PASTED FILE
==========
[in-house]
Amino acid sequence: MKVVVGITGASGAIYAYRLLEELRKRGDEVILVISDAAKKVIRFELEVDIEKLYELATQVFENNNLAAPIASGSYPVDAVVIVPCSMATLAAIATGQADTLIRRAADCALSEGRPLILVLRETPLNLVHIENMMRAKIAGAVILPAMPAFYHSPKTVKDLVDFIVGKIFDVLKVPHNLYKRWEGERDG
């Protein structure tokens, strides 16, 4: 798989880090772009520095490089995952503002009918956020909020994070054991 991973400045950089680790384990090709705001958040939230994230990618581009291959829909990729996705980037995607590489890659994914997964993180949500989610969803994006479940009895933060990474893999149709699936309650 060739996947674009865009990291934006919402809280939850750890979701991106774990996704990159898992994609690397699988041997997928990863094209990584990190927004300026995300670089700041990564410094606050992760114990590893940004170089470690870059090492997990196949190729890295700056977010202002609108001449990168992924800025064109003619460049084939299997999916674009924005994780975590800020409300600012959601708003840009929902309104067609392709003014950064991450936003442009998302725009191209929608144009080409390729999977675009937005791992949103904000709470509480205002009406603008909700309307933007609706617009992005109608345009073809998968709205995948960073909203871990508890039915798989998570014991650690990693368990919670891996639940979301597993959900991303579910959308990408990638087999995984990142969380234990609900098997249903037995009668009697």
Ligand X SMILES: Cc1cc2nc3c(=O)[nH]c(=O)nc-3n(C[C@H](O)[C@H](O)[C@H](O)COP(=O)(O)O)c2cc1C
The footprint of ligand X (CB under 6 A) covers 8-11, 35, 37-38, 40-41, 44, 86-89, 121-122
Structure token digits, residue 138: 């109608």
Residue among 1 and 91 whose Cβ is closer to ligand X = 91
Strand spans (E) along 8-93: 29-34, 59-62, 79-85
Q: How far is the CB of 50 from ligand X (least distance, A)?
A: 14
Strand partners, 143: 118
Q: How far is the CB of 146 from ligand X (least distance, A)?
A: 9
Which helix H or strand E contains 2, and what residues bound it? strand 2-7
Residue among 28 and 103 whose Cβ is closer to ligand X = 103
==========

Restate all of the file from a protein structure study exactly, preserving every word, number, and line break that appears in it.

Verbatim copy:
[in-house]
Amino acid sequence: MKVVVGITGASGAIYAYRLLEELRKRGDEVILVISDAAKKVIRFELEVDIEKLYELATQVFENNNLAAPIASGSYPVDAVVIVPCSMATLAAIATGQADTLIRRAADCALSEGRPLILVLRETPLNLVHIENMMRAKIAGAVILPAMPAFYHSPKTVKDLVDFIVGKIFDVLKVPHNLYKRWEGERDG
């Protein structure tokens, strides 16, 4: 798989880090772009520095490089995952503002009918956020909020994070054991 991973400045950089680790384990090709705001958040939230994230990618581009291959829909990729996705980037995607590489890659994914997964993180949500989610969803994006479940009895933060990474893999149709699936309650 060739996947674009865009990291934006919402809280939850750890979701991106774990996704990159898992994609690397699988041997997928990863094209990584990190927004300026995300670089700041990564410094606050992760114990590893940004170089470690870059090492997990196949190729890295700056977010202002609108001449990168992924800025064109003619460049084939299997999916674009924005994780975590800020409300600012959601708003840009929902309104067609392709003014950064991450936003442009998302725009191209929608144009080409390729999977675009937005791992949103904000709470509480205002009406603008909700309307933007609706617009992005109608345009073809998968709205995948960073909203871990508890039915798989998570014991650690990693368990919670891996639940979301597993959900991303579910959308990408990638087999995984990142969380234990609900098997249903037995009668009697």
Ligand X SMILES: Cc1cc2nc3c(=O)[nH]c(=O)nc-3n(C[C@H](O)[C@H](O)[C@H](O)COP(=O)(O)O)c2cc1C
The footprint of ligand X (CB under 6 A) covers 8-11, 35, 37-38, 40-41, 44, 86-89, 121-122
Structure token digits, residue 138: 């109608």
Residue among 1 and 91 whose Cβ is closer to ligand X = 91
Strand spans (E) along 8-93: 29-34, 59-62, 79-85
Q: How far is the CB of 50 from ligand X (least distance, A)?
A: 14
Strand partners, 143: 118
Q: How far is the CB of 146 from ligand X (least distance, A)?
A: 9
Which helix H or strand E contains 2, and what residues bound it? strand 2-7
Residue among 28 and 103 whose Cβ is closer to ligand X = 103